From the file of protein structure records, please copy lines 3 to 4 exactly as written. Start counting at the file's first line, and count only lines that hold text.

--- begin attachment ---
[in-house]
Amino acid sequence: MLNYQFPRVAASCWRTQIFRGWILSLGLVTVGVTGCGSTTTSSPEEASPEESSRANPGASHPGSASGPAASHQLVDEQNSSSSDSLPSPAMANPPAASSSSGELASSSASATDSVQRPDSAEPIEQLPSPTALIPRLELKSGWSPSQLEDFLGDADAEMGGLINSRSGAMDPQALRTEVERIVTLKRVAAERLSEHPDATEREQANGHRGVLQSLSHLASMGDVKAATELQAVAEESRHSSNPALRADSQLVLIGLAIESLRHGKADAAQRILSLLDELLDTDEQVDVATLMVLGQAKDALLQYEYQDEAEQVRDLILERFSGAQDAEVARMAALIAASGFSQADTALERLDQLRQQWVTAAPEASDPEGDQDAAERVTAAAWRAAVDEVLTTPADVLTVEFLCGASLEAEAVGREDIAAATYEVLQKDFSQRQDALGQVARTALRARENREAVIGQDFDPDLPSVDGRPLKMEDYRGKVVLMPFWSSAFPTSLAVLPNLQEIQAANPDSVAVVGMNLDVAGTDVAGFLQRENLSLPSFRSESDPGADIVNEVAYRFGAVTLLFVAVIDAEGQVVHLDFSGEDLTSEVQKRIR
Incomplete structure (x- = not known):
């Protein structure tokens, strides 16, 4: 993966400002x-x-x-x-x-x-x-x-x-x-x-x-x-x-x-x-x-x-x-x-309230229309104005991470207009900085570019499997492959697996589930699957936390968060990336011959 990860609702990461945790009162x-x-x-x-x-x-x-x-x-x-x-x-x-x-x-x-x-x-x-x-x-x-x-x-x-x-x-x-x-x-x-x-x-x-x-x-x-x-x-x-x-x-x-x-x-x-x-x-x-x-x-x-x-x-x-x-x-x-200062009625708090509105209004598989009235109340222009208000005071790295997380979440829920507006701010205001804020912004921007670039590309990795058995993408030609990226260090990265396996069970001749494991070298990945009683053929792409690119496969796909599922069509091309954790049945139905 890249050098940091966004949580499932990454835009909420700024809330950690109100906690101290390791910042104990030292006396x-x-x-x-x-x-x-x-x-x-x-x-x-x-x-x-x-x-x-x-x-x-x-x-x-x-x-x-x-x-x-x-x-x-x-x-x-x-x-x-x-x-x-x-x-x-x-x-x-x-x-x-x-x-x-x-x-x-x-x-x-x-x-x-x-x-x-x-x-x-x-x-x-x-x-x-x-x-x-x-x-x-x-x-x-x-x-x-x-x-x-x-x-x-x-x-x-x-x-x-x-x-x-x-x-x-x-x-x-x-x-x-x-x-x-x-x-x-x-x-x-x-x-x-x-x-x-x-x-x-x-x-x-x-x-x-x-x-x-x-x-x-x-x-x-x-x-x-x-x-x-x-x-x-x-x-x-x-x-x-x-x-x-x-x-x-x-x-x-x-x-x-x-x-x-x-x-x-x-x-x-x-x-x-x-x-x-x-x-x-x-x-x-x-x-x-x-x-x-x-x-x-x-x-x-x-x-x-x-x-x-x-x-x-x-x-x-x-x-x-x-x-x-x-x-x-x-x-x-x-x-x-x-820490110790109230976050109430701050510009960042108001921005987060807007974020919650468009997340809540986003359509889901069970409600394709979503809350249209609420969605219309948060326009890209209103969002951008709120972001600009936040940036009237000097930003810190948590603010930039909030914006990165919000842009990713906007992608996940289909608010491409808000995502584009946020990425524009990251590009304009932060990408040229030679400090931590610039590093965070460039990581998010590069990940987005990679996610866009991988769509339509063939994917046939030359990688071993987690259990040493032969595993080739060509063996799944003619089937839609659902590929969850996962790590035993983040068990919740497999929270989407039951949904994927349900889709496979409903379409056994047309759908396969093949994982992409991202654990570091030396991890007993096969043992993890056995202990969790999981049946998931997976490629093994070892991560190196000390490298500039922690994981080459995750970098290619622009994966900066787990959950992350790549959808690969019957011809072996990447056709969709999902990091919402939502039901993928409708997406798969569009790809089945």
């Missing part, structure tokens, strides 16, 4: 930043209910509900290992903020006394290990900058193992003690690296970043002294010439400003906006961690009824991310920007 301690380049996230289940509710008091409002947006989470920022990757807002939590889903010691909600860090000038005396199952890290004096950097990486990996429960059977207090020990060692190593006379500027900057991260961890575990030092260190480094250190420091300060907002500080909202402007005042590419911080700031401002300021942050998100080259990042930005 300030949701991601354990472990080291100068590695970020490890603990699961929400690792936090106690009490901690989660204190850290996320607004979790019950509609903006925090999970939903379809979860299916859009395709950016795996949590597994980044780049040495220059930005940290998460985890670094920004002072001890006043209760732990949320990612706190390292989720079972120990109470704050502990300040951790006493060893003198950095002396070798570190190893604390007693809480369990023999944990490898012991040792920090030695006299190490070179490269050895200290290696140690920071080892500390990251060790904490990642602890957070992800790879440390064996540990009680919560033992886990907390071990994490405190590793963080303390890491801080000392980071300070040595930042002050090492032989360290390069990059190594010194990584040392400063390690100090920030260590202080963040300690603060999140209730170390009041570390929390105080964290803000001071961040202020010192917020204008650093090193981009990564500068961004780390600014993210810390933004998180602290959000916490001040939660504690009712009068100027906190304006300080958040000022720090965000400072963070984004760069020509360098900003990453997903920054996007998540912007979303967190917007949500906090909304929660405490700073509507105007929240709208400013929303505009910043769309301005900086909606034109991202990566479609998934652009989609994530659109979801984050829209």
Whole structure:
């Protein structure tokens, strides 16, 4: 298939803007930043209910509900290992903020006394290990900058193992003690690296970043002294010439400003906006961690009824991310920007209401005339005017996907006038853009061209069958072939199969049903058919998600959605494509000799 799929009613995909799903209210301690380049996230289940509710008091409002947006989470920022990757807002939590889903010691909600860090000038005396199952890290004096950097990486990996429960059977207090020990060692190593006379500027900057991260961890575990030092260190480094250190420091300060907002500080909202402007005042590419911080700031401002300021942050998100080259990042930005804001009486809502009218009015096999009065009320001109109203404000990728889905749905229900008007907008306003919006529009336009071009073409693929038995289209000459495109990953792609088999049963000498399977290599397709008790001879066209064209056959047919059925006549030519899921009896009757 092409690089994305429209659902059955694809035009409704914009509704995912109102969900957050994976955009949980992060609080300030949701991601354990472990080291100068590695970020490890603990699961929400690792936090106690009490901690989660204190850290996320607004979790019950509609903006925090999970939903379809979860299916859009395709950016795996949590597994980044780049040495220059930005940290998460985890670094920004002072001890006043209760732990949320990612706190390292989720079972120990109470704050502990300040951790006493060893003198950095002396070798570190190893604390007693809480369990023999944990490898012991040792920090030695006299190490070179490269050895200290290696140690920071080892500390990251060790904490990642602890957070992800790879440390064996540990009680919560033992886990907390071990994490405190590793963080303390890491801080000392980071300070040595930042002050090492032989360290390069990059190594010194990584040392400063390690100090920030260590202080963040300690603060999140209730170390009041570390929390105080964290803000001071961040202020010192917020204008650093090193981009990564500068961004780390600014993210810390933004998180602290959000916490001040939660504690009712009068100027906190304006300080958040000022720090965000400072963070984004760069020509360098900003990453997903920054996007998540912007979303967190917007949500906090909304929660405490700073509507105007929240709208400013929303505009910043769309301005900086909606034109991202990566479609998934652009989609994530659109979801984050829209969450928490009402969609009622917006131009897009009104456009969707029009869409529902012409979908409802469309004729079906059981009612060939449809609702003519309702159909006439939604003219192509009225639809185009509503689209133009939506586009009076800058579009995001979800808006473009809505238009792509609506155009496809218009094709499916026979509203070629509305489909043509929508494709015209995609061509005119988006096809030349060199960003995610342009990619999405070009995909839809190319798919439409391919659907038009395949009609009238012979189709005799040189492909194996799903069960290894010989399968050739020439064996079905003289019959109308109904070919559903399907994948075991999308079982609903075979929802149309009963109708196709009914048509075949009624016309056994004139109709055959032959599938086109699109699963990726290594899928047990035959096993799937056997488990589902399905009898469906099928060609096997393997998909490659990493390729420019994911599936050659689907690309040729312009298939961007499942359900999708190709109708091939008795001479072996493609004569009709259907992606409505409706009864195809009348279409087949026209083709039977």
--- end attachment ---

Incomplete structure (x- = not known):
């Protein structure tokens, strides 16, 4: 993966400002x-x-x-x-x-x-x-x-x-x-x-x-x-x-x-x-x-x-x-x-309230229309104005991470207009900085570019499997492959697996589930699957936390968060990336011959 990860609702990461945790009162x-x-x-x-x-x-x-x-x-x-x-x-x-x-x-x-x-x-x-x-x-x-x-x-x-x-x-x-x-x-x-x-x-x-x-x-x-x-x-x-x-x-x-x-x-x-x-x-x-x-x-x-x-x-x-x-x-x-200062009625708090509105209004598989009235109340222009208000005071790295997380979440829920507006701010205001804020912004921007670039590309990795058995993408030609990226260090990265396996069970001749494991070298990945009683053929792409690119496969796909599922069509091309954790049945139905 890249050098940091966004949580499932990454835009909420700024809330950690109100906690101290390791910042104990030292006396x-x-x-x-x-x-x-x-x-x-x-x-x-x-x-x-x-x-x-x-x-x-x-x-x-x-x-x-x-x-x-x-x-x-x-x-x-x-x-x-x-x-x-x-x-x-x-x-x-x-x-x-x-x-x-x-x-x-x-x-x-x-x-x-x-x-x-x-x-x-x-x-x-x-x-x-x-x-x-x-x-x-x-x-x-x-x-x-x-x-x-x-x-x-x-x-x-x-x-x-x-x-x-x-x-x-x-x-x-x-x-x-x-x-x-x-x-x-x-x-x-x-x-x-x-x-x-x-x-x-x-x-x-x-x-x-x-x-x-x-x-x-x-x-x-x-x-x-x-x-x-x-x-x-x-x-x-x-x-x-x-x-x-x-x-x-x-x-x-x-x-x-x-x-x-x-x-x-x-x-x-x-x-x-x-x-x-x-x-x-x-x-x-x-x-x-x-x-x-x-x-x-x-x-x-x-x-x-x-x-x-x-x-x-x-x-x-x-x-x-x-x-x-x-x-x-x-x-x-x-x-x-x-820490110790109230976050109430701050510009960042108001921005987060807007974020919650468009997340809540986003359509889901069970409600394709979503809350249209609420969605219309948060326009890209209103969002951008709120972001600009936040940036009237000097930003810190948590603010930039909030914006990165919000842009990713906007992608996940289909608010491409808000995502584009946020990425524009990251590009304009932060990408040229030679400090931590610039590093965070460039990581998010590069990940987005990679996610866009991988769509339509063939994917046939030359990688071993987690259990040493032969595993080739060509063996799944003619089937839609659902590929969850996962790590035993983040068990919740497999929270989407039951949904994927349900889709496979409903379409056994047309759908396969093949994982992409991202654990570091030396991890007993096969043992993890056995202990969790999981049946998931997976490629093994070892991560190196000390490298500039922690994981080459995750970098290619622009994966900066787990959950992350790549959808690969019957011809072996990447056709969709999902990091919402939502039901993928409708997406798969569009790809089945």